Title: City of Bones
Author: Cassandra Clare
Page Count/Review Word Count: 448
Wow. So I suppose I had relatively low expectations for this one, and I’m not really sure why. I think part of it is the fact that everybody has been talking about it non-stop for the last few years and so I automatically assumed that because this series is popular, I wouldn’t like it. But the YA fans on YouTube – and the Netflix adaptation – both helped to convince me to give it a chance. That and the fact that I was able to get it on the cheap from a charity shop.
It turns out that this book is definitely worth the hype. I mean, I loved it, and now I want to read the rest of the series, and I’ll be prioritising it over some of the other series that I have on the go. The characters are three-dimensional and the story line is great, and while it does include a couple of cliches here and there, I kind of feel as though this is what started them off in the first place.
Of course, I have the benefit of having seen the Netflix series (which is good, I guess, but not as good as the book) and some of her interviews with popular booktubers which helps to give you a good idea of what she’s like as a person. This is the kind of series where more context is usually a good thing because there’s so much to the fictional world that you can almost never know it all. Plus it has its own unique political landscape which is well thought out and as absorbing as the stuff that George R. R. Martin writes in A Song of Ice and Fire.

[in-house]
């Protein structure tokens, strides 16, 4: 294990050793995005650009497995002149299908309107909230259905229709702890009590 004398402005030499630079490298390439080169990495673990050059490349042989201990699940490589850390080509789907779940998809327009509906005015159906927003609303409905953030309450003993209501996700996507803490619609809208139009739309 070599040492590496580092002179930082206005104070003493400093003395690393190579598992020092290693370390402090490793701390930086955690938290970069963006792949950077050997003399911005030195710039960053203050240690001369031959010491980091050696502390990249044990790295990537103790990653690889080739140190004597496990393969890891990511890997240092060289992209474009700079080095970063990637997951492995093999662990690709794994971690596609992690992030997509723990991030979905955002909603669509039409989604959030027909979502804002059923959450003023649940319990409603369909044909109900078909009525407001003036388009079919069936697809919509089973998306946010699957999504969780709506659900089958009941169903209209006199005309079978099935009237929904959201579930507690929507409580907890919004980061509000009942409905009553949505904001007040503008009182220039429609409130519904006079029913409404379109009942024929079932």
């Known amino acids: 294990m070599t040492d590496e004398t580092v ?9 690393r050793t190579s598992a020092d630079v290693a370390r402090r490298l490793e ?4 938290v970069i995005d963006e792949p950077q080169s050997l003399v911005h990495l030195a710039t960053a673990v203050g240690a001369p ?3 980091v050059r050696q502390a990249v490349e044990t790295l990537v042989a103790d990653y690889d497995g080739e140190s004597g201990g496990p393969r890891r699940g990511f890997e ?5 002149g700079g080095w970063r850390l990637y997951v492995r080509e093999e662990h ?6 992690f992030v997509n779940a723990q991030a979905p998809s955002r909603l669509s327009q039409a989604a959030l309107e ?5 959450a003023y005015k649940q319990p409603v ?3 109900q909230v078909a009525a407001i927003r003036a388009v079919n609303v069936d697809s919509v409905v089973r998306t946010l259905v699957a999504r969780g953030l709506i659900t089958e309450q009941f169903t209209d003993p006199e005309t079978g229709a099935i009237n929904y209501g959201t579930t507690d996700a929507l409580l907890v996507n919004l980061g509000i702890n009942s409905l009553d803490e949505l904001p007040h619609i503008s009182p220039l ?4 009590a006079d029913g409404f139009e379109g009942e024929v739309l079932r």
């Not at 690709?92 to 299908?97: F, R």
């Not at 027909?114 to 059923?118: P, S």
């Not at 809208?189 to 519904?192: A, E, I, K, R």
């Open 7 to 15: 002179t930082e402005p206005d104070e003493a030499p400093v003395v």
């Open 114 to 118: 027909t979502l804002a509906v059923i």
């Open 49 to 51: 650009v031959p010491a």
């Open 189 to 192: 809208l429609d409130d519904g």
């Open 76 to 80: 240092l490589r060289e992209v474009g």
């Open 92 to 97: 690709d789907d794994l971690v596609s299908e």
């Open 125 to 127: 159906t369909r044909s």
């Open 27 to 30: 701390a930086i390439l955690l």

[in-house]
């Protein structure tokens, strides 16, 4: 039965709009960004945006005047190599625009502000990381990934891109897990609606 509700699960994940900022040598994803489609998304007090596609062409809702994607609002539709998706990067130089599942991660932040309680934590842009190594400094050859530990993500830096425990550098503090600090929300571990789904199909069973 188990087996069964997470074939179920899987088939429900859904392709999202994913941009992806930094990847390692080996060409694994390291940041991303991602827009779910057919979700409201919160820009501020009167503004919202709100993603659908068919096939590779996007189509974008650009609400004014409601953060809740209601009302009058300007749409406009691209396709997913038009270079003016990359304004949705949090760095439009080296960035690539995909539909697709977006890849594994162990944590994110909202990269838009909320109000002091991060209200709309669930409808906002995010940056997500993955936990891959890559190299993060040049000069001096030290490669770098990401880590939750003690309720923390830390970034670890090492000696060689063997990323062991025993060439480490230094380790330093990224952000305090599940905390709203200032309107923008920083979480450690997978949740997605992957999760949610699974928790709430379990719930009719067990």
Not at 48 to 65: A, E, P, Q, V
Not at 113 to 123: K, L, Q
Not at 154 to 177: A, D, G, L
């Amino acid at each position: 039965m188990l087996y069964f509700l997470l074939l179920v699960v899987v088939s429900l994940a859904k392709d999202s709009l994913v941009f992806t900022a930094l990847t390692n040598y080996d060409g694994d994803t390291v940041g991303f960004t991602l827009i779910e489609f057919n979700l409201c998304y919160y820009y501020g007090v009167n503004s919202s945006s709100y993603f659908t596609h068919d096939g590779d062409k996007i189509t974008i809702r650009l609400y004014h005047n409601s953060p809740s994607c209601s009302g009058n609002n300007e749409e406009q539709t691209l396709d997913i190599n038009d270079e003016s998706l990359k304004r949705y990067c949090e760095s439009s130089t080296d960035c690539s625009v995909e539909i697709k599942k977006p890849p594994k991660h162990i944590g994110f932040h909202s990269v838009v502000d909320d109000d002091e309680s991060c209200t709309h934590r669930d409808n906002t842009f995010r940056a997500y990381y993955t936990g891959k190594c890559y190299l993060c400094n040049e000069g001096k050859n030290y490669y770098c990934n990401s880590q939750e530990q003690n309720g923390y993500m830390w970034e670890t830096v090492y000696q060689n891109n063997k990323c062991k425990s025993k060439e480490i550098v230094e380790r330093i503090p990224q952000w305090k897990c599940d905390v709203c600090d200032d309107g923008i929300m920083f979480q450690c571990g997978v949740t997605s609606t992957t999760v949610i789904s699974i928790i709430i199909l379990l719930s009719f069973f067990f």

I’m not going to go into detail about the story line because there are potential spoilers and because most people already know about it. But it’s effectively about a teenage girl who discovers a whole hidden side to her life full of shadowhunters, vampires, werewolves and warlocks. It’s YA, but it’s thoughtful YA that reflects the multi-faceted world that we live in today. It’s very well done.
Overall, then, I regret coming to this book late, and I also regret letting my opinion be swayed by the simple fact that other people enjoyed it. It lived up to the hype, which books like this rarely do, and that alone makes it well worth reading. It’s not the right book for everyone of course, but if you’re already on the fence and debating it then definitely – jump right on in. You can thank me later.